Technology Tools

By on Jan 13, 2021 in Technology

Isolation is necessary to keep senior living community members healthy during the pandemic – and a challenge to their well-being in other ways. As HealthTech magazine put it, “Important safety measures to keep high-risk people isolated during the pandemic hold a particular disadvantage for older adults in assisted living.”

While the absence of sustained interaction can’t be completely mitigated as COVID-19 runs its course, a number of collaboration tools give senior living community residents vital mental and physical stimulation plus social engagement with the outside world. “Advances in technology for senior living are more focused on improving quality of life, providing data that enhances housing and developing personal devices that give seniors more control over their environment,” according to Craig Fukushima, managing partner for The Fox Group LLC, a health care consulting firm in Upland, Calif.

Many of the technology tools leveraged by older adults are familiar to the non-senior population: smartphones, tablets, videoconferencing, telehealth. HealthTech reports that residents at Connecticut-based Maplewood Senior Living, for example, use iPads for video chats, virtual cocktail hours and birthday parties. A Thrive Senior Living community in Germantown, Md., added Alexa-enabled voice control and smart speaker devices. And Seattle-area operator Merrill Gardens outfitted seven of its communities with devices that support video calls with family and activities such as virtual card games and trivia contests.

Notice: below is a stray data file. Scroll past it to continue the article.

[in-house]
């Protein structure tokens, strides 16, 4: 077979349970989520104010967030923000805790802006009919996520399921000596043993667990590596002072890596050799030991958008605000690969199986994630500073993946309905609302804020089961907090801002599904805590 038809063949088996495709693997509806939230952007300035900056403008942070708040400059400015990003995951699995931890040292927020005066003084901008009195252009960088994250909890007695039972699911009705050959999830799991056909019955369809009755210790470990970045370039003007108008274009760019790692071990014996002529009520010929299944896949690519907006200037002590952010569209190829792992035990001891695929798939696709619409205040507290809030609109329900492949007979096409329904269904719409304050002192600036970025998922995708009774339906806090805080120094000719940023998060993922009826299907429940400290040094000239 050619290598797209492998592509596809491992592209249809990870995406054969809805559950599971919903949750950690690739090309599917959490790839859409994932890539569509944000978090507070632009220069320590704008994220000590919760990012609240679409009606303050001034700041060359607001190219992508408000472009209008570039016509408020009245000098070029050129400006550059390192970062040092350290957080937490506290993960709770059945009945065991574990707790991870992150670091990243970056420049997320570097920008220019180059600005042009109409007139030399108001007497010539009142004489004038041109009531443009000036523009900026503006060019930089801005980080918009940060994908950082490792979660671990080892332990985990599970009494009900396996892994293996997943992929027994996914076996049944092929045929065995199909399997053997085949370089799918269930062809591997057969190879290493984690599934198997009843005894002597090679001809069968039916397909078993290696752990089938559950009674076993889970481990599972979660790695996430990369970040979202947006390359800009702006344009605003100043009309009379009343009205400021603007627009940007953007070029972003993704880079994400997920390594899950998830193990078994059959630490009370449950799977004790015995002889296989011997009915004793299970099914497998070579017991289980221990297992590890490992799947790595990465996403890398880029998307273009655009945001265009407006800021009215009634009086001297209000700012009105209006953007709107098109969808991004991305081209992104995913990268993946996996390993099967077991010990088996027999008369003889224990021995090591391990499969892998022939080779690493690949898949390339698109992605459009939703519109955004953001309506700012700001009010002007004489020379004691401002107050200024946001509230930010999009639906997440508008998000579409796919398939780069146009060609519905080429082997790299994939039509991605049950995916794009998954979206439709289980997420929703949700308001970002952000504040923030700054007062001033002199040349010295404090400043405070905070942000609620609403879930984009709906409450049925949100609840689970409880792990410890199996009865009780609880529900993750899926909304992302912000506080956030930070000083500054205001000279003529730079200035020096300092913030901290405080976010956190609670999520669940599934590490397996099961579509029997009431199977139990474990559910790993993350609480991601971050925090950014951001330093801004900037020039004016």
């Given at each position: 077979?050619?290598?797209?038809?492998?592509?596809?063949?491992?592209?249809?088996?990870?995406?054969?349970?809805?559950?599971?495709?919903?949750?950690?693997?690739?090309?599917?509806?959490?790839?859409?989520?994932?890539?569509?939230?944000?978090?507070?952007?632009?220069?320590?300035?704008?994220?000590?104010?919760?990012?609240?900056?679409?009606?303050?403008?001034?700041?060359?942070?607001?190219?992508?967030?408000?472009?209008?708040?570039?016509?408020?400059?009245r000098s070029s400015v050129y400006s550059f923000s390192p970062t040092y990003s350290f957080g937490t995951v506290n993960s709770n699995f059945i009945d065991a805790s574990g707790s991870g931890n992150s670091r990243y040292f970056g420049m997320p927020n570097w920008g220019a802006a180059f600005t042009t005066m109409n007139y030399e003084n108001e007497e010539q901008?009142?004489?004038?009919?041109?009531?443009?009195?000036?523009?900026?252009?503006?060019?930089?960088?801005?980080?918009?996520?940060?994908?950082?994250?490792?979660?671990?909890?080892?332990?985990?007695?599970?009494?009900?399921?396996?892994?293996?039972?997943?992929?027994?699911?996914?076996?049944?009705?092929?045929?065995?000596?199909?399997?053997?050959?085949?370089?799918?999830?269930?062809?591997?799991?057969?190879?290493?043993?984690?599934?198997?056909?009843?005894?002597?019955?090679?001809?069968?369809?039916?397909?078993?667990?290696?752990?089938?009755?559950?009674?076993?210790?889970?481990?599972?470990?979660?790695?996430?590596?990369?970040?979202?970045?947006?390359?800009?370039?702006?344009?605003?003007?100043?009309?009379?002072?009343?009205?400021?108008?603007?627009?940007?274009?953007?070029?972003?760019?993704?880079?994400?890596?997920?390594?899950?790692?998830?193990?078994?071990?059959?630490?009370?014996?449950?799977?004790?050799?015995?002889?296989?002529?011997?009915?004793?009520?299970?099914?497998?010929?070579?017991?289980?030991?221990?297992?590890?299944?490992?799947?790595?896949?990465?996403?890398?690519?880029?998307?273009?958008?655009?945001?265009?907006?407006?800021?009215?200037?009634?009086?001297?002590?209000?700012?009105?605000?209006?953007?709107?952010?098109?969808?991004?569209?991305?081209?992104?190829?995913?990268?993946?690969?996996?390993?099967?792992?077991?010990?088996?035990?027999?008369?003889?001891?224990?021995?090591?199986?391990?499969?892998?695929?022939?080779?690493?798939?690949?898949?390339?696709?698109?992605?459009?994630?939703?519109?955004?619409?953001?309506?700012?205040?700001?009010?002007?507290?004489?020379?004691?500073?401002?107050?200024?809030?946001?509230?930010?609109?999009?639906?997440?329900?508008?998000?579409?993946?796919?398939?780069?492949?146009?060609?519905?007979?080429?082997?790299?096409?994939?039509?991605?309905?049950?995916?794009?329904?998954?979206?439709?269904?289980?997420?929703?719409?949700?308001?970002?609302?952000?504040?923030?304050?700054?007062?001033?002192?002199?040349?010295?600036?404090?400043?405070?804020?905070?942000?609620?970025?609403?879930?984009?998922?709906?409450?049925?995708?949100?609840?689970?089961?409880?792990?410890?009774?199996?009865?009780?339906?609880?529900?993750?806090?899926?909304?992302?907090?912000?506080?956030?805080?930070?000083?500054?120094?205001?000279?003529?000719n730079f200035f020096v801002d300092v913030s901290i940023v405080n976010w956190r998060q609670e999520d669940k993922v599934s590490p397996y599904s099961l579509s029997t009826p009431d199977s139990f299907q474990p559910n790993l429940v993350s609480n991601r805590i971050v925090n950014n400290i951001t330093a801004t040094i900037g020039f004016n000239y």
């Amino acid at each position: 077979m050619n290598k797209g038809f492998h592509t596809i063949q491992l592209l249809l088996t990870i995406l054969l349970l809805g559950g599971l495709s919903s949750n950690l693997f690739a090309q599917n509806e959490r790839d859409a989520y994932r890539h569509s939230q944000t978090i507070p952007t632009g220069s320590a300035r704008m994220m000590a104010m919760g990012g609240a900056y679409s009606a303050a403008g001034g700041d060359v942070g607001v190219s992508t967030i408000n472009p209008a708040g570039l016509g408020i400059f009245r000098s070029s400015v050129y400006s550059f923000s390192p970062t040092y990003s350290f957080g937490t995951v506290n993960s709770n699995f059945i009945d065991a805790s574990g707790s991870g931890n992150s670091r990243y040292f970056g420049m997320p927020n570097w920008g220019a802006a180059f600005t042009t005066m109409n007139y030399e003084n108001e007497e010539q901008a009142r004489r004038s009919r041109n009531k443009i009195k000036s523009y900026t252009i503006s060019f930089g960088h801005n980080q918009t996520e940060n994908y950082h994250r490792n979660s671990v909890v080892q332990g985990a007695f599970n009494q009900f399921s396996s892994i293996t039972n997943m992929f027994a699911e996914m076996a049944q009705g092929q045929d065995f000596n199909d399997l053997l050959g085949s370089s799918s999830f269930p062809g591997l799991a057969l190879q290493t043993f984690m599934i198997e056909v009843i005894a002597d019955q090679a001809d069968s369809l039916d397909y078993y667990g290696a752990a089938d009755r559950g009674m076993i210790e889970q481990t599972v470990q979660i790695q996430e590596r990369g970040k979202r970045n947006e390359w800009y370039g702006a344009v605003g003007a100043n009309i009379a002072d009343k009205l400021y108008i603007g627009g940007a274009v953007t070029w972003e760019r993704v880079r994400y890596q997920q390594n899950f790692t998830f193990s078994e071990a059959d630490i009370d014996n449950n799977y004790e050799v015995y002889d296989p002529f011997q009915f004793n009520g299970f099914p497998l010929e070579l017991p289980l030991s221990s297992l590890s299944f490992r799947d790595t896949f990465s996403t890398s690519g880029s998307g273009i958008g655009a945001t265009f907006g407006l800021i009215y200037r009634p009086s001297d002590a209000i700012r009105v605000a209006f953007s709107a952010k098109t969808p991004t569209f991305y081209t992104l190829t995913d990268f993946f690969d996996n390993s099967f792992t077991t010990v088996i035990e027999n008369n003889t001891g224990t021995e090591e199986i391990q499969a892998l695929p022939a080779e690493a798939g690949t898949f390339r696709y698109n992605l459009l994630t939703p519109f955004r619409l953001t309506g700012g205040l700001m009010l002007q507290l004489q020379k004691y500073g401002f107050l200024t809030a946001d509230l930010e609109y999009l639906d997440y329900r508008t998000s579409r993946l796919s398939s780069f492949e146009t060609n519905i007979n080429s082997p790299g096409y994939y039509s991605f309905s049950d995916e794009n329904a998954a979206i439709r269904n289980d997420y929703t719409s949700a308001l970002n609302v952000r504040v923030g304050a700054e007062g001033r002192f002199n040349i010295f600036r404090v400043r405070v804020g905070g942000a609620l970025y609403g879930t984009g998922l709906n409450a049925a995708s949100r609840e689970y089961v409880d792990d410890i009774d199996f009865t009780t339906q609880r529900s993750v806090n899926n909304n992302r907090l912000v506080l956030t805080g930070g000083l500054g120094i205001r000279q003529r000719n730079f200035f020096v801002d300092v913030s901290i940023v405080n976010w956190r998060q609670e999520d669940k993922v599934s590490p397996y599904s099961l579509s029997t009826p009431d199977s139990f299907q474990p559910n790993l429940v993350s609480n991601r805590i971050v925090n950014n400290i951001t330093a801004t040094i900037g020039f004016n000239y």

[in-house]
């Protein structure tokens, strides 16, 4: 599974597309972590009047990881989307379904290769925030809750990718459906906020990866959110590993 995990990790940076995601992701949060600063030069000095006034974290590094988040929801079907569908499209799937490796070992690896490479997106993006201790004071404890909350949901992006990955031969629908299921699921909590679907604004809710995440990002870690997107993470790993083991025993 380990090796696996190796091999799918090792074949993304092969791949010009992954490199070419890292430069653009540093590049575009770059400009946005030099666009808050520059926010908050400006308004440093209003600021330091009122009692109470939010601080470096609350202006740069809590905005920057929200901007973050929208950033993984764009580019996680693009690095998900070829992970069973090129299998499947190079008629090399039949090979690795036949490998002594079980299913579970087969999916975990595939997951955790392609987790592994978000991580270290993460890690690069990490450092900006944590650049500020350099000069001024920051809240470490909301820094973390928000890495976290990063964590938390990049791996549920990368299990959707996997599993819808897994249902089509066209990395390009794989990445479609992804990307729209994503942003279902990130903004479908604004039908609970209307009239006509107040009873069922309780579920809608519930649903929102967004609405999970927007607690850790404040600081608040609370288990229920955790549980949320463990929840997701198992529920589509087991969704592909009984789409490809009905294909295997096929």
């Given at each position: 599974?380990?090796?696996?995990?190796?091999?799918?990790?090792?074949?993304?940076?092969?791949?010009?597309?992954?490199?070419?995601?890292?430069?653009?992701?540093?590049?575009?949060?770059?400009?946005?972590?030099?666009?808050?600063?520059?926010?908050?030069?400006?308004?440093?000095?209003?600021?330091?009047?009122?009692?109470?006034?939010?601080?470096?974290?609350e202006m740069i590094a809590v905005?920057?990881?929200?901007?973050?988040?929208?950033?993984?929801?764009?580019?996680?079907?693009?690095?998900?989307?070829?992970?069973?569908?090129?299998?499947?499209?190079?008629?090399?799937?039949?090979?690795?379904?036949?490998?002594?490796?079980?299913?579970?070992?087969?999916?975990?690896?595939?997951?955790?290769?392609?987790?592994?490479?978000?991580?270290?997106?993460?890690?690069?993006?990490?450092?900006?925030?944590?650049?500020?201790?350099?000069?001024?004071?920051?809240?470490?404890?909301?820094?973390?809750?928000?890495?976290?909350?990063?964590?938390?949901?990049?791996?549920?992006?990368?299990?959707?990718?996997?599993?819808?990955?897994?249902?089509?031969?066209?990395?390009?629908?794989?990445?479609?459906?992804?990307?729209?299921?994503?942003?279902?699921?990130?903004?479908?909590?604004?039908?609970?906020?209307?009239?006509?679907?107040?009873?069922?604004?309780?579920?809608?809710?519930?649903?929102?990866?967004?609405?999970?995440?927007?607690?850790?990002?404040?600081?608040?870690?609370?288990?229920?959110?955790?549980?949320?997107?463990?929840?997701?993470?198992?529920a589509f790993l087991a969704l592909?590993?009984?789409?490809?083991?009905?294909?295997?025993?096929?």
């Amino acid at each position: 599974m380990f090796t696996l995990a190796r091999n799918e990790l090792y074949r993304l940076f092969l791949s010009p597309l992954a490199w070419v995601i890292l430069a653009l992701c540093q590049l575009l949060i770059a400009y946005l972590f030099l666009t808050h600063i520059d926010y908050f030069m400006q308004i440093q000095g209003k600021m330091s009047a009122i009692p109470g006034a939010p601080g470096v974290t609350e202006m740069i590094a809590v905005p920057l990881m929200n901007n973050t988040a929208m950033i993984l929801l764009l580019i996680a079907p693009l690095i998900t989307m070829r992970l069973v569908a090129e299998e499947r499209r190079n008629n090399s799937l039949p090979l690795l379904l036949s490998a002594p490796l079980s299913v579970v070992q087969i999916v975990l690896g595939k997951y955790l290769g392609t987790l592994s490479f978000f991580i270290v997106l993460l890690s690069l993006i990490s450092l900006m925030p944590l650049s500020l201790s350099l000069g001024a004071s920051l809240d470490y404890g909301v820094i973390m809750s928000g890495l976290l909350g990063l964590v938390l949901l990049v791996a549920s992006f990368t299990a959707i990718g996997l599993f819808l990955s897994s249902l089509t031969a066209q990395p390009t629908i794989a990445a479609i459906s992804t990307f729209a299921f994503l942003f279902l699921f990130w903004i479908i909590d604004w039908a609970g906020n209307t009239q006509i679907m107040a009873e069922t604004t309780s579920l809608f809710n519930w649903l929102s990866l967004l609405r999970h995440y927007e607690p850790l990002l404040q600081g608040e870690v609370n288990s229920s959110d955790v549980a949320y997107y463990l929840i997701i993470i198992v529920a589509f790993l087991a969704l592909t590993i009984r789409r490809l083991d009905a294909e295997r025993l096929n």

Video games are another way to keep seniors active. Fitness trackers can help them count steps, compete in competitions and create workout routines. Other apps offer quizzes, puzzles and other stimulating activities.

The gap between tech-savvy younger generations and their elders is narrower than some people might think. An AARP survey published in January 2020 revealed that 51% of older Americans bought a smartphone, smart television, wearable device or other tech product in the past year. Three-quarters of adults 50 and older regularly use social media. In the two years prior to the AARP survey, smartphone adoption has jumped from 70% to 77% among older adults, with 62% of Americans 70 and older using the devices.

Some community operators offer residents training in tablets, video-enabled devices and other technology through in-house IT teams. And some tech providers offer specialized support for older adults as well.

Many senior living communities are still working to overcome building wiring and other infrastructure shortcomings, along with the ubiquitous challenge of ensuring data security. But using technology to boost the senior resident experience is just getting started. Forty-five percent of respondents to a survey completed in August 2020 by Senior Housing News and health technology firm Philips said they plan to increase their investments in virtual activities and engagement for residents that year and next.

“The technology in senior living spaces can make the difference in enhancing their business outcomes and improving resident care,” says Fukushima.

Learn how Merrill Gardens and Thrive Senior Living collaborate with Yardi for business success.